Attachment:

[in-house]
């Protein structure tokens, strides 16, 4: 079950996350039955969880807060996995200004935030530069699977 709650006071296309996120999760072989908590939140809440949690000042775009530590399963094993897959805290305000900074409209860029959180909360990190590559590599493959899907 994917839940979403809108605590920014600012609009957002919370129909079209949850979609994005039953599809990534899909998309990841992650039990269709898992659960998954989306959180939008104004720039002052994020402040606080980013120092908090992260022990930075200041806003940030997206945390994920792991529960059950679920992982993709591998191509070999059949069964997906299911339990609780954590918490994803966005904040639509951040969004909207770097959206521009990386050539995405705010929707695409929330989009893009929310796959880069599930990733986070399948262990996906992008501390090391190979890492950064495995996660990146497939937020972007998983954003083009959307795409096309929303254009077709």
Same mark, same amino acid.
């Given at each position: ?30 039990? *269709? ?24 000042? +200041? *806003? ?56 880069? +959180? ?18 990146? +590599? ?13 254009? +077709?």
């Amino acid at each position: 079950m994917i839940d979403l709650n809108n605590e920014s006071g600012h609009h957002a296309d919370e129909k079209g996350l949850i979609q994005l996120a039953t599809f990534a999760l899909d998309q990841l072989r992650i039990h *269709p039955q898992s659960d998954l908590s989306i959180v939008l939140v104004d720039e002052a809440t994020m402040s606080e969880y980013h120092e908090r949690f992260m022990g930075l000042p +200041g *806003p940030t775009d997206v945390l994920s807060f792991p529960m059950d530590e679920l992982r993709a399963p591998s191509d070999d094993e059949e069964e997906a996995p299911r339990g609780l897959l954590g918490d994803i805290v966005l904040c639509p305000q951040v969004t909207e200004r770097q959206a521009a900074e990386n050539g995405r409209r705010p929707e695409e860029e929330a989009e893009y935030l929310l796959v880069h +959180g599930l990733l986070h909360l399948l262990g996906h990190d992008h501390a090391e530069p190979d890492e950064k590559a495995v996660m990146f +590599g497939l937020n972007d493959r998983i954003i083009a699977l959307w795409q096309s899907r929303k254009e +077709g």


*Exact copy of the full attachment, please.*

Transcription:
[in-house]
């Protein structure tokens, strides 16, 4: 079950996350039955969880807060996995200004935030530069699977 709650006071296309996120999760072989908590939140809440949690000042775009530590399963094993897959805290305000900074409209860029959180909360990190590559590599493959899907 994917839940979403809108605590920014600012609009957002919370129909079209949850979609994005039953599809990534899909998309990841992650039990269709898992659960998954989306959180939008104004720039002052994020402040606080980013120092908090992260022990930075200041806003940030997206945390994920792991529960059950679920992982993709591998191509070999059949069964997906299911339990609780954590918490994803966005904040639509951040969004909207770097959206521009990386050539995405705010929707695409929330989009893009929310796959880069599930990733986070399948262990996906992008501390090391190979890492950064495995996660990146497939937020972007998983954003083009959307795409096309929303254009077709």
Same mark, same amino acid.
């Given at each position: ?30 039990? *269709? ?24 000042? +200041? *806003? ?56 880069? +959180? ?18 990146? +590599? ?13 254009? +077709?």
């Amino acid at each position: 079950m994917i839940d979403l709650n809108n605590e920014s006071g600012h609009h957002a296309d919370e129909k079209g996350l949850i979609q994005l996120a039953t599809f990534a999760l899909d998309q990841l072989r992650i039990h *269709p039955q898992s659960d998954l908590s989306i959180v939008l939140v104004d720039e002052a809440t994020m402040s606080e969880y980013h120092e908090r949690f992260m022990g930075l000042p +200041g *806003p940030t775009d997206v945390l994920s807060f792991p529960m059950d530590e679920l992982r993709a399963p591998s191509d070999d094993e059949e069964e997906a996995p299911r339990g609780l897959l954590g918490d994803i805290v966005l904040c639509p305000q951040v969004t909207e200004r770097q959206a521009a900074e990386n050539g995405r409209r705010p929707e695409e860029e929330a989009e893009y935030l929310l796959v880069h +959180g599930l990733l986070h909360l399948l262990g996906h990190d992008h501390a090391e530069p190979d890492e950064k590559a495995v996660m990146f +590599g497939l937020n972007d493959r998983i954003i083009a699977l959307w795409q096309s899907r929303k254009e +077709g």